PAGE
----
June 17, 2019 at 11:52 am EST | by Mariah Cooper
Gloria Vanderbilt dies at 95

Gloria Vanderbilt. (Photo via Wikimedia Commons)

Actress, fashion designer and socialite Gloria Vanderbilt died at her home on Monday after a battle with stomach cancer. She was 95.

Her son, CNN news anchor Anderson Cooper, confirmed the news to CNN.

“Gloria Vanderbilt was an extraordinary woman, who loved life, and lived it on her own terms,” Cooper said in a statement to CNN. “She was a painter, a writer, and designer but also a remarkable mother, wife, and friend. She was 95 years old, but ask anyone close to her, and they’d tell you, she was the youngest person they knew, the coolest, and most modern. She died this morning, the way she wanted to – at home, surrounded by family and friends.”

Vanderbilt was born on Feb. 20, 1924 as the only child to Reginald Claypoole Vanderbilt, the grandson of railroad tycoon Cornelius Vanderbilt, and Gloria Morgan Vanderbilt. When he was 45, Reginald died of cirrhosis of the liver leaving his 18-month-old daughter to be raised by her mother. Vanderbilt and her half-sister Cathleen Vanderbilt each inherited half of a $5 million inheritance.

Gloria Morgan was known to frivolously spend her daughter’s inheritance partying with her identical twin sister Thelma Morgan by her side. When Vanderbilt was 10 years old, her paternal aunt Gertrude Vanderbilt Whitney stepped in to fight for custody of her niece. What followed was dubbed “the Trial of the Century” and Vanderbilt became the country’s “poor little rich girl.” The custody battle was tabloid fodder for months in 1934.

Whitney won the court case and Vanderbilt was sent to live on her aunt’s Long Island, N.Y. estate. Gloria Morgan received limited visitation rights.

In 1982, an NBC mini-series, titled “Little Gloria… Happy at Last,” aired based on the famous trial. It was nominated for six Emmy Awards and a Golden Globe Award.

At age 17, Vanderbilt moved to Hollywood to pursue acting. She married agent and alleged mobster Pat DiCicco in 1941. The couple divorced in 1945.

The same year she married conductor Leopold Stokowski. The couple had two children, Leopold Stanislaus “Stan” Stokowski, 68, and Christopher Stokowski, 66. Vanderbilt and Stokowski divorced in 1955.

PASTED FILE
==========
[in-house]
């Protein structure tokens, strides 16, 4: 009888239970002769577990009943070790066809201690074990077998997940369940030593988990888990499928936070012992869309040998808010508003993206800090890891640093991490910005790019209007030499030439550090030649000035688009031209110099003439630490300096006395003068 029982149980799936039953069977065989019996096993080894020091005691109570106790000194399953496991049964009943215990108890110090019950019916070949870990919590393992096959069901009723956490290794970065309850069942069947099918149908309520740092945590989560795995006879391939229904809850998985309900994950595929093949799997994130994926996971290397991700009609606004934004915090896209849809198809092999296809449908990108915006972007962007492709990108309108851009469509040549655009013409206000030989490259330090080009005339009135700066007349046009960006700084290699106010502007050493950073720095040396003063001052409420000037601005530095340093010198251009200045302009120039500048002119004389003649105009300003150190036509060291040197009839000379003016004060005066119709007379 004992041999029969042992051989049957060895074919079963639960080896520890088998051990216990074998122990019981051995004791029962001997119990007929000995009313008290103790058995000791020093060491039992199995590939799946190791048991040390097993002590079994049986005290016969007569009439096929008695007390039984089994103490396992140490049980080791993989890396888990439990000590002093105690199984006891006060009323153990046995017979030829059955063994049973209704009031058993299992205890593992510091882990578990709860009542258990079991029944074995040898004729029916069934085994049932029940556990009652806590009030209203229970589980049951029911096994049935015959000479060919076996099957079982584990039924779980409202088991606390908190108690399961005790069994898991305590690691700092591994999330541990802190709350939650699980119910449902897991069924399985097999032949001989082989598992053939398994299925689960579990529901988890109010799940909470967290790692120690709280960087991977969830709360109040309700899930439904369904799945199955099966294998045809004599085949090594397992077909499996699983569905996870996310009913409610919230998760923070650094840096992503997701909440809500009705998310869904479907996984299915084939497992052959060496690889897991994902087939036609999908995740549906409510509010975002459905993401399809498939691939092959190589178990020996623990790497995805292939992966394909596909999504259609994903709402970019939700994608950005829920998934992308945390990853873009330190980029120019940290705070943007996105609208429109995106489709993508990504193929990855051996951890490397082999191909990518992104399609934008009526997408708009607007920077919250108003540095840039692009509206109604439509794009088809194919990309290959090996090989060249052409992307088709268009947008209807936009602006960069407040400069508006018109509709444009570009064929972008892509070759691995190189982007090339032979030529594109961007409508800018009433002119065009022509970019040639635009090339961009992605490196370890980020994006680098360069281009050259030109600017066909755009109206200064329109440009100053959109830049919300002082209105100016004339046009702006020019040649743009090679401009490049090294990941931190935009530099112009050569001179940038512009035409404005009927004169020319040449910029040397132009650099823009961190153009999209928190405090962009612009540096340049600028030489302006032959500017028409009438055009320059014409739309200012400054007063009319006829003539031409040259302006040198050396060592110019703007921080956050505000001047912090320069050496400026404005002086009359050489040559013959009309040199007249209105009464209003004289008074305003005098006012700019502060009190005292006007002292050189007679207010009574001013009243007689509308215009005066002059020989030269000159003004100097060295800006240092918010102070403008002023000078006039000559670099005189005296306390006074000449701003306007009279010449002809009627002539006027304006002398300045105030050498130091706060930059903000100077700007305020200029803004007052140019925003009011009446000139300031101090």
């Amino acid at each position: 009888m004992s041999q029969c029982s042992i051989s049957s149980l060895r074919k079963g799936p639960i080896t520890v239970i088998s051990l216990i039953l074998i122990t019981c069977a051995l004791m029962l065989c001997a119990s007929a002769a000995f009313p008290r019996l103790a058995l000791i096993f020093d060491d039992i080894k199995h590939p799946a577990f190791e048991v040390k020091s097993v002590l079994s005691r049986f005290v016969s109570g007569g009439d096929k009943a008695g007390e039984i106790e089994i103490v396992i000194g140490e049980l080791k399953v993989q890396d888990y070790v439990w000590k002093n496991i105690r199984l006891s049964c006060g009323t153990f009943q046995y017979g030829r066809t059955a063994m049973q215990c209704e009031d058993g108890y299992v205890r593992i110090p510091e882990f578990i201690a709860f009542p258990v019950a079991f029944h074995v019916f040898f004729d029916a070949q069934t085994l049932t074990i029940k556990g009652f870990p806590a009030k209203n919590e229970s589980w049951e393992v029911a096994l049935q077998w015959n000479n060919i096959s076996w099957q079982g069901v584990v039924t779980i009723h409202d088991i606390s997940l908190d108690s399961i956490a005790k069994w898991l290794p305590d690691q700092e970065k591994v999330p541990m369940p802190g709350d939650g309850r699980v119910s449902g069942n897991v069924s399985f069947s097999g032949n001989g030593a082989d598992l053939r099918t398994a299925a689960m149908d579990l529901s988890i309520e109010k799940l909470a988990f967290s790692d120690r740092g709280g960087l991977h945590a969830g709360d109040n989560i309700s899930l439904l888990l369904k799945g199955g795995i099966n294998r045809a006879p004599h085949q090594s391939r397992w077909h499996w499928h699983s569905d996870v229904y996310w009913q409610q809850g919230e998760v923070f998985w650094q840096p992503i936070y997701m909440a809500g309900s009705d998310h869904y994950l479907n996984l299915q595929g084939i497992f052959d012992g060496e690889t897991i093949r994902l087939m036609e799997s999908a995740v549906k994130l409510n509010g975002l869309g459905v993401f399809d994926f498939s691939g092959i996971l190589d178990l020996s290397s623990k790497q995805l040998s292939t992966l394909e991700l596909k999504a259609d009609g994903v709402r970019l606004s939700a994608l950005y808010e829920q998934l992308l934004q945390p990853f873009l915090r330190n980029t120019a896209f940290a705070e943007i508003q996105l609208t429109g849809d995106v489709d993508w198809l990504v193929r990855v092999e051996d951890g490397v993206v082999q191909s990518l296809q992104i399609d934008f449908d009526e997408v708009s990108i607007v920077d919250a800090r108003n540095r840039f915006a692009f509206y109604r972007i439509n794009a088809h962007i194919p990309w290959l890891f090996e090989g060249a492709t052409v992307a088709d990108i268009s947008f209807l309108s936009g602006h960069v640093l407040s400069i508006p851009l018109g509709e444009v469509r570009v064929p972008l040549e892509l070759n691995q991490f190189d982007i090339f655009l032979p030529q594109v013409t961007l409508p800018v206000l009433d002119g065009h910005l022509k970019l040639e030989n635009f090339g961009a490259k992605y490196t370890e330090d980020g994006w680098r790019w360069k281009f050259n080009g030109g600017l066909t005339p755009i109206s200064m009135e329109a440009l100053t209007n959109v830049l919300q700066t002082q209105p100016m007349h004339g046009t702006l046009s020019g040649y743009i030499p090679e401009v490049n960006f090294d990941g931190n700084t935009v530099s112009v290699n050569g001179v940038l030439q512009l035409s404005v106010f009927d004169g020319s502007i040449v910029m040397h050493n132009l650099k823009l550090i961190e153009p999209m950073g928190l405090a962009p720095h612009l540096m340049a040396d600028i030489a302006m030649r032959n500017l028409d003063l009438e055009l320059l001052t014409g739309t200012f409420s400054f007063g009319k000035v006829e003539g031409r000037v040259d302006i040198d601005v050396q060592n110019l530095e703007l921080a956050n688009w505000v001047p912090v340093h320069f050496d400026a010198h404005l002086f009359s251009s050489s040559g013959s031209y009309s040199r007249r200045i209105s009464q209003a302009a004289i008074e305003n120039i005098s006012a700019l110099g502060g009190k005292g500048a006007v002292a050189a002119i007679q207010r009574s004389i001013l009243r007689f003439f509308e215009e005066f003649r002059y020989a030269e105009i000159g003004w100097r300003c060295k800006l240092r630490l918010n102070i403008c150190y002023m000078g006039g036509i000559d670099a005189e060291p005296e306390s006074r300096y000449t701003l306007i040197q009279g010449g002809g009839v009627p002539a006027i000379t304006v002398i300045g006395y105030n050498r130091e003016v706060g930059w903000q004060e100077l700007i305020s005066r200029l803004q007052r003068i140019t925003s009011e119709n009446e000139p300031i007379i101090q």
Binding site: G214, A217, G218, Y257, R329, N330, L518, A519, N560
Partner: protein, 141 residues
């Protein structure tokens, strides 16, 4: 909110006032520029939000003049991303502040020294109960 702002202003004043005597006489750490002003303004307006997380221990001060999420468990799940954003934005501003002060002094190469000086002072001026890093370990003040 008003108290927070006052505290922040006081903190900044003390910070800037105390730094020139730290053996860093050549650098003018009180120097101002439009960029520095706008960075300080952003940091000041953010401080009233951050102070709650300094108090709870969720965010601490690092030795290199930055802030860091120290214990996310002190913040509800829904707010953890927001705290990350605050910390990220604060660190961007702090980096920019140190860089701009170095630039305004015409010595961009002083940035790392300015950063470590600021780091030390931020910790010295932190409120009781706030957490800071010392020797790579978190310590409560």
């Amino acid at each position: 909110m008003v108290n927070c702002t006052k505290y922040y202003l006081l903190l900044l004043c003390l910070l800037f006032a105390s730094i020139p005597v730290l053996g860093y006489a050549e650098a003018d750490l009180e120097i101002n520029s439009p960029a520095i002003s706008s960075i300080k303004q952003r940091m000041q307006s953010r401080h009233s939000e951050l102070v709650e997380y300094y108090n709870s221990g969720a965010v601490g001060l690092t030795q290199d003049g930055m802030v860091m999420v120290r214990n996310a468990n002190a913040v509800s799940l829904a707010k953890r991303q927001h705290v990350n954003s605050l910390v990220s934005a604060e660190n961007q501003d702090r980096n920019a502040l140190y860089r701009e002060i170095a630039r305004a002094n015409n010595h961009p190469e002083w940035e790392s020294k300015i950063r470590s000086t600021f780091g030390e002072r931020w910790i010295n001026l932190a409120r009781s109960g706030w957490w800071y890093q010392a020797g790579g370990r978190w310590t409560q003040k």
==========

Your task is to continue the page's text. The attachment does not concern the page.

In 1956, she married director Sidney Lumet but the couple divorced in 1963.

Vanderbilt married author Wyatt Emory Cooper in 1963. They had two children, Anderson, 52, and Carter. The couple remained married until Cooper’s death in 1978 from open heart surgery. Tragedy struck again when Carter committed suicide at the age of 23.

In between marriages she also had relationships with author Roald Dahl, filmmakers Howard Hughs and Gordon Parks, singer Frank Sinatra and actor Marlon Brando.

Vanderbilt spearheaded the movement of turning tight jeans into a women’s fashion staple in the 1970s. She partnered with Indian designer Mohan Murjani’s Murjani Corporation to create jeans known for having her signature and swan logo embroidered on the back. She would go on to release a line of perfume and home goods with her name.

In 2001 she opened up her first art exhibit which was considered a critical success.

Vanderbilt was also a bestselling author for her 2016 book “The Rainbow Comes and Goes: A Mother and Son on Life, Loss and Love,” which she co-wrote with Anderson. She and Anderson also appeared together in the 2016 HBO documentary, “Nothing Left Unsaid: Gloria Vanderbilt and Anderson Cooper.”

Anderson paid tribute to his mother with a special obituary that aired on CNN.

 

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Just came across this photo with @andersoncooper and Carter. It was probably taken around 1979. It seems like yesterday.

A post shared by Gloria Vanderbilt (@gloriavanderbilt) on

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